[2018-Nen F 1 sekai senshuken dai 17-sen Suzuka kokusai resukosu (2018-nen Nihon GP) e yokoso!]
Welcome to the Suzuka International Racing Course for Round 17 of the 2018 Formula One Championships - the 2018 Japanese Grand Prix!
It’s back-to-back GP weekends and we’re off to the Mie Prefecture on Japan’s main island of Honshu for the 33rd running of the Japanese F1 Grand Prix. Home to all but 4 of those races has been the Honda home circuit: The Suzuka International Racing Course.
After the unexpectedly mediocre performance of Ferrari in Russia last weekend, and a little bit of trading places with his teammate, Lewis Hamilton now has a 50 point lead over Sebastian Vettel in the World Drivers’ Championship. In the World Constructors’ Championship, Mercedes have 53 points over Ferrari. And with Merc having won the last 4 consecutive Japanese GPs (3 by Hamilton) and Lewis having won the last 3 races this season, the Brit in the Silver Arrows car is the firm form favorite to take to the top step on the podium again on Sunday.
Racing in Japan happens in the afternoon, which means early morning action for Saffers - really early if you want to catch the practice sessions! Here’s the weekends’ schedule of times:
Suzuka is known as a challenging but exciting circuit for drivers. Here’s a reminder of the layout:
(There’s another of those long-standing Lap Records from the 2004-2005 era just waiting to be broken this weekend. If it stays dry during the race, expect it to tumble.)
And a little visual tour with a virtual lap driven by the amiable Estaban Ocon:
In the dry Pirelli’s yellow-banded Soft and red-banded Supersoft tyres will dominate, although teams do have a handful of white-walled Mediums as back-up:
Weather, and especially rain, has always been a factor at the Japanese GP. Senna and Prost dueled in the rain at Suzuka in 1988, Hill and Schumacher did the same in a torrential downpour in 1995. 2007 saw the race in Fiji start behind the Safety Car as rain bucketed down for the first 19 laps of the race.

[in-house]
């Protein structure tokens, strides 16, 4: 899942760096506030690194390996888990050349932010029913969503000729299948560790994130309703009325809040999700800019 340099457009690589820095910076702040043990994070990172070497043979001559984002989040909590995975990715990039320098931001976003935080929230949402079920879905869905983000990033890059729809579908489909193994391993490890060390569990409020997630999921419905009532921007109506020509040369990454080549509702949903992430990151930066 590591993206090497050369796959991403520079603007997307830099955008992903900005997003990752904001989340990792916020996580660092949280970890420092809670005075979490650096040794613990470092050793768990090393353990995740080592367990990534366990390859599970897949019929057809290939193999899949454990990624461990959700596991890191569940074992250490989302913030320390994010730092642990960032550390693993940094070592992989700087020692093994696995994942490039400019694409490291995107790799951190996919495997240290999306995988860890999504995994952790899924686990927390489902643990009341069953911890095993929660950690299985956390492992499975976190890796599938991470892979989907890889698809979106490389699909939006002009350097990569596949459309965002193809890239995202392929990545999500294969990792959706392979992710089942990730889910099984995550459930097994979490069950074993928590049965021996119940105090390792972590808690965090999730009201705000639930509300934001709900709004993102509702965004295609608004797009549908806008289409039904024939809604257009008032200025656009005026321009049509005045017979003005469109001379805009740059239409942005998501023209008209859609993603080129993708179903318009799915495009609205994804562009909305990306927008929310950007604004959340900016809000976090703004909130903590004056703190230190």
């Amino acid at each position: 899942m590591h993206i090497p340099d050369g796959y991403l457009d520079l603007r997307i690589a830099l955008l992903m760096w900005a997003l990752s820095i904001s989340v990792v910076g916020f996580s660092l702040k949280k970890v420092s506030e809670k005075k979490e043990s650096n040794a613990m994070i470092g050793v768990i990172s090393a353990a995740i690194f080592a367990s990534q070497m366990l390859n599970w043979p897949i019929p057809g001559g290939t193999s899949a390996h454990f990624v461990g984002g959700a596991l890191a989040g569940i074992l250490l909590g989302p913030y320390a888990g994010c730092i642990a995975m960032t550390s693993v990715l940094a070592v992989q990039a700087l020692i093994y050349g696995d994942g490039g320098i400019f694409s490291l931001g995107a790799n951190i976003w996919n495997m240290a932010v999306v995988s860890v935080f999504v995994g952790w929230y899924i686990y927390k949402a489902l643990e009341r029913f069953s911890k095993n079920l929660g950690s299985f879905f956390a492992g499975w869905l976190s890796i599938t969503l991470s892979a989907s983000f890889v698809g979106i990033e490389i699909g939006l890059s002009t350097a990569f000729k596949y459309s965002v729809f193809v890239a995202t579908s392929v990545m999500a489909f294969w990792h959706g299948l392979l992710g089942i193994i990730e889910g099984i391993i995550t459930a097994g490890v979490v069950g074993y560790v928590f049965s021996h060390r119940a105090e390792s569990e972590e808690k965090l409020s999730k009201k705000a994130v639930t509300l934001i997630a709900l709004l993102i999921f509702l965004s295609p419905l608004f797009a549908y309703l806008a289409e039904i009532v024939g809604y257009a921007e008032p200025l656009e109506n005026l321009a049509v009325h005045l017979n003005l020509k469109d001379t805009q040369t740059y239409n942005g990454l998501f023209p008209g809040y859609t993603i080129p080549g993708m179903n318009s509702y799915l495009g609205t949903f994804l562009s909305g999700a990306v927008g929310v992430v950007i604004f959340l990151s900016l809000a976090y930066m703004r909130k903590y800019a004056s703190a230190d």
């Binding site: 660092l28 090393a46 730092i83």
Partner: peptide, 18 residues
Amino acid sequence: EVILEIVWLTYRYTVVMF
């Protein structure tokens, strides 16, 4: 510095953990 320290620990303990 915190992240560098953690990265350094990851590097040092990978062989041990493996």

And, sadly, heavy rain from Typhoon Phanfone played a part back at Suzuka in 2014. Initially starting from behind the SC, the race was stopped after 2 laps and restarted 20 minutes later. On the 43rd lap of the race Jules Bianchi lost control of his Marussia at Dunlop Curve and collided with a tractor crane that was tending to Adrian Sutil’s Sauber, which had spun off on the previous lap. Bianchi’s 9-month coma and subsequent death were a direct result of the severe head injuries he sustained in the crash.
That’s a pretty long-winded (and slightly morbid - sorry) way for me to tell you that there might well be rain around the Suzuka circuit again this weekend…
Rain can make racing very exciting, but it can also make things very dangerous. Let’s hope that if it does rain on Sunday we get lots of the first, and none of the second.
To round things off, here’s some stats and info points to consider as you dunk another rusk into your Sunday morning coffee and laugh quietly as Martin Brundle gets ignored by Kimi on the Grid Walk:
- Mercedes have won the Japanese Grand Prix every year since the beginning of the hybrid era in 2014, and will be looking to match Ferrari’s record of the highest number of consecutive wins in Suzuka. The Prancing Horse achieved five between 2000 and 2004.
- A win for the Silver Arrows or Red Bull this weekend would make them the third most successful team in Japan after Ferrari and McLaren, who have the most wins - nine.
- Lewis Hamilton and Sebastian Vettel are tied on four wins each in Japan. A win for either would see them go to second on the all-time list for total wins in Japan behind Michael Schumacher (7).
- Should Hamilton or Valtteri Bottas finish in the top three this weekend, it will be the 175th time a Mercedes driver has finished on the Formula 1 podium.
- A win from pole this weekend would see Ferrari take their 100th win from pole position.
- If Kimi Raikkonen wins this weekend he will surpass Mika Hakkinen as the most successful Finnish driver in terms of wins (20).
- A top-three finish for Daniel Ricciardo would mean his 30th visit to the Formula 1 podium.
- If Max Verstappen wins without earning a pole position this weekend, he will break the record for the highest number of wins for a driver who has never had a pole position. He is currently tied with Eddie Irvine and Bruce McLaren (4).
- Lance Stroll needs four more points to earn his 50th world championship point.
- If Sauber score six points or more this weekend it’ll take their points total in F1 to 850, including the BMW era.
Enjoy the race and thank you!
[Resu o tanoshimi, arigato!]